A Japanese American internee's rejection letter from Yale

Correspondence tells the story of a young man's pursuit of higher education from behind barbed wire.

Saw this fascinating item tweeted out the other day by Slate Vault (though curiously, the tweet is now gone)... The National Museum of American History's online Japanese American Internment Era Collection includes a series of letters that tell the story of a young Japanese American man who applied to Yale University -- and was rejected -- while he was incarcerated in an internment camp.

As a teenager, Kinji Imada was one of thousands of Japanese Americans who were forcibly removed from the West Coast and relocated to an internment camp during World War II. When he graduated from high school at the Gila River War Relocation Center, he applied to colleges, including Yale.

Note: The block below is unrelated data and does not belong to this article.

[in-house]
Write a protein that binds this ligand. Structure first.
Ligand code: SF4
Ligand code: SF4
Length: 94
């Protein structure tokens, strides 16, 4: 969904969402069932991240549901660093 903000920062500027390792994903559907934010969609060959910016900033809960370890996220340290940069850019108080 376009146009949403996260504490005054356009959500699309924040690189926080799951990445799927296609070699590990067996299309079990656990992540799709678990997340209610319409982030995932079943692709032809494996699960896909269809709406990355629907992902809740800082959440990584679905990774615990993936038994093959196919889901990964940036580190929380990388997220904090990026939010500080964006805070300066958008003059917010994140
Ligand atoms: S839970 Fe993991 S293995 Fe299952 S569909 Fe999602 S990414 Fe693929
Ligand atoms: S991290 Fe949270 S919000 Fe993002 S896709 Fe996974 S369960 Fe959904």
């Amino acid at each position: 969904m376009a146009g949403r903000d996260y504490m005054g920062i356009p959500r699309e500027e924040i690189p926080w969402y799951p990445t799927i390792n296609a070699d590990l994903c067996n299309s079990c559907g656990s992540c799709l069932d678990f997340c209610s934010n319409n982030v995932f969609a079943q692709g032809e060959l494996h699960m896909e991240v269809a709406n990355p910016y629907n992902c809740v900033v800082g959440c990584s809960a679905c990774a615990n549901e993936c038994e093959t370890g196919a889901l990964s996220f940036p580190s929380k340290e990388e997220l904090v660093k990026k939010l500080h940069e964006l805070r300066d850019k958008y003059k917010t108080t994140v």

However, as this letter from the Board of Admissions states, while Kinji's application was "carefully considered," he was rejected because the university was "not permitted to accept students of Japanese parentage":

No doubt disheartened by the rejection, Kinji enlisted the help of a friend already at Yale, hoping to understand the circumstances of the rejection. The friend's reply stated that for the moment, Kinji's chances of acceptance to Yale were pretty dismal, due to the restriction on admitting students of Japanese heritage:

On September 24, 1945, Public Proclamation No. 24 was issued, revoking the exclusion orders against people of Japanese ancestry. Still determined to attend Yale, Kinji re-applied for the November term:

But after all that, despite his efforts to get into Yale, Kinji ultimately decided to pursue higher education at Harvard University. On October 25, 1945, he formally wrote Yale to withdraw his name from the applicants list:

According to the museum's website, Kinji spent a year at Harvard before enlisting in the U.S. Army. After military service, he returned to Harvard to study architecture, and went on to enjoy a lengthy career as an architect in the San Francisco Bay Area. He passed away in 2005 at the age of 77.

To see more artifacts, go to the Japanese American Internment Era Collection.

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